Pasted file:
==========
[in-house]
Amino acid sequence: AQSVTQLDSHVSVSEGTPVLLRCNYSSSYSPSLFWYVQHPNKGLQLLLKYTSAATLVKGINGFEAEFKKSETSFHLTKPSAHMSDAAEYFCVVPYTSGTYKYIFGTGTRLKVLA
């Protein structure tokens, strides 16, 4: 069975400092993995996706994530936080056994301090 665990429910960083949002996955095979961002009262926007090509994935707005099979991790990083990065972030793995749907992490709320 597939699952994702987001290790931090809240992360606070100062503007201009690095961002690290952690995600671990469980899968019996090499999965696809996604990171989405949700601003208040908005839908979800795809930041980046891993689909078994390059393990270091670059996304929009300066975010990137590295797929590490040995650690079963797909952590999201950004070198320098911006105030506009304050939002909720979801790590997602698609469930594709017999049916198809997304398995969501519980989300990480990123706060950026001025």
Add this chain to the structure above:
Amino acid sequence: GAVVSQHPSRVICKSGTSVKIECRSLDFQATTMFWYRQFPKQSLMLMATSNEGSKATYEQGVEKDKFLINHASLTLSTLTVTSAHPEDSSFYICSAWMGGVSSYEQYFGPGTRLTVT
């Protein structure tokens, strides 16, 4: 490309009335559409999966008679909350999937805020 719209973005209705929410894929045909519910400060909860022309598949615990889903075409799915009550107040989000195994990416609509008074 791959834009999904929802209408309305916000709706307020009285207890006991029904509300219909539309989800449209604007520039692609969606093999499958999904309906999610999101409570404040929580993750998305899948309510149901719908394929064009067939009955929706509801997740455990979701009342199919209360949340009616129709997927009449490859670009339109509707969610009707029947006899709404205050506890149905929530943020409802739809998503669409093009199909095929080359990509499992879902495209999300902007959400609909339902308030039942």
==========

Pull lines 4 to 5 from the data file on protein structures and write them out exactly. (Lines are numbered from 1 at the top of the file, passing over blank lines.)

Add this chain to the structure above:
Amino acid sequence: GAVVSQHPSRVICKSGTSVKIECRSLDFQATTMFWYRQFPKQSLMLMATSNEGSKATYEQGVEKDKFLINHASLTLSTLTVTSAHPEDSSFYICSAWMGGVSSYEQYFGPGTRLTVT